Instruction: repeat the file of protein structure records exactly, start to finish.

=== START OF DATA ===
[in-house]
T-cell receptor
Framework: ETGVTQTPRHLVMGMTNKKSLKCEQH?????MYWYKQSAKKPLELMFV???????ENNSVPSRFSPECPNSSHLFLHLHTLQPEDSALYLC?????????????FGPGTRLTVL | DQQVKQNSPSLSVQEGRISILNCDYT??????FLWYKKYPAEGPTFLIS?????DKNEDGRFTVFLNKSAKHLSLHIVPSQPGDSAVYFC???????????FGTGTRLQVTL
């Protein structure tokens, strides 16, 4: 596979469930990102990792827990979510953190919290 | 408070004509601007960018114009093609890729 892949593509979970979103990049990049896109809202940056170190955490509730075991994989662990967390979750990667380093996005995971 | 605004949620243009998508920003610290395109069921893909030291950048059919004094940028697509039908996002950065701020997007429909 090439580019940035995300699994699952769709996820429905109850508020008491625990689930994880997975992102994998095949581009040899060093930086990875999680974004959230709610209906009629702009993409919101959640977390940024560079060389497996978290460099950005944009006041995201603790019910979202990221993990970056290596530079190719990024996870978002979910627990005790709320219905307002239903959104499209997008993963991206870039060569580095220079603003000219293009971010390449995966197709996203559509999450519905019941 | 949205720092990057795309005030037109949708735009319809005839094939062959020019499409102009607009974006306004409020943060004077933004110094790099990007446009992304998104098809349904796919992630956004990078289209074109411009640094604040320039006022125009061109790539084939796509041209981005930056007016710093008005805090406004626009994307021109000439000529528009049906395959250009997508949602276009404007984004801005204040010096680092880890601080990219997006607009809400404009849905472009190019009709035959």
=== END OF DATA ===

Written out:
[in-house]
T-cell receptor
Framework: ETGVTQTPRHLVMGMTNKKSLKCEQH?????MYWYKQSAKKPLELMFV???????ENNSVPSRFSPECPNSSHLFLHLHTLQPEDSALYLC?????????????FGPGTRLTVL | DQQVKQNSPSLSVQEGRISILNCDYT??????FLWYKKYPAEGPTFLIS?????DKNEDGRFTVFLNKSAKHLSLHIVPSQPGDSAVYFC???????????FGTGTRLQVTL
């Protein structure tokens, strides 16, 4: 596979469930990102990792827990979510953190919290 | 408070004509601007960018114009093609890729 892949593509979970979103990049990049896109809202940056170190955490509730075991994989662990967390979750990667380093996005995971 | 605004949620243009998508920003610290395109069921893909030291950048059919004094940028697509039908996002950065701020997007429909 090439580019940035995300699994699952769709996820429905109850508020008491625990689930994880997975992102994998095949581009040899060093930086990875999680974004959230709610209906009629702009993409919101959640977390940024560079060389497996978290460099950005944009006041995201603790019910979202990221993990970056290596530079190719990024996870978002979910627990005790709320219905307002239903959104499209997008993963991206870039060569580095220079603003000219293009971010390449995966197709996203559509999450519905019941 | 949205720092990057795309005030037109949708735009319809005839094939062959020019499409102009607009974006306004409020943060004077933004110094790099990007446009992304998104098809349904796919992630956004990078289209074109411009640094604040320039006022125009061109790539084939796509041209981005930056007016710093008005805090406004626009994307021109000439000529528009049906395959250009997508949602276009404007984004801005204040010096680092880890601080990219997006607009809400404009849905472009190019009709035959």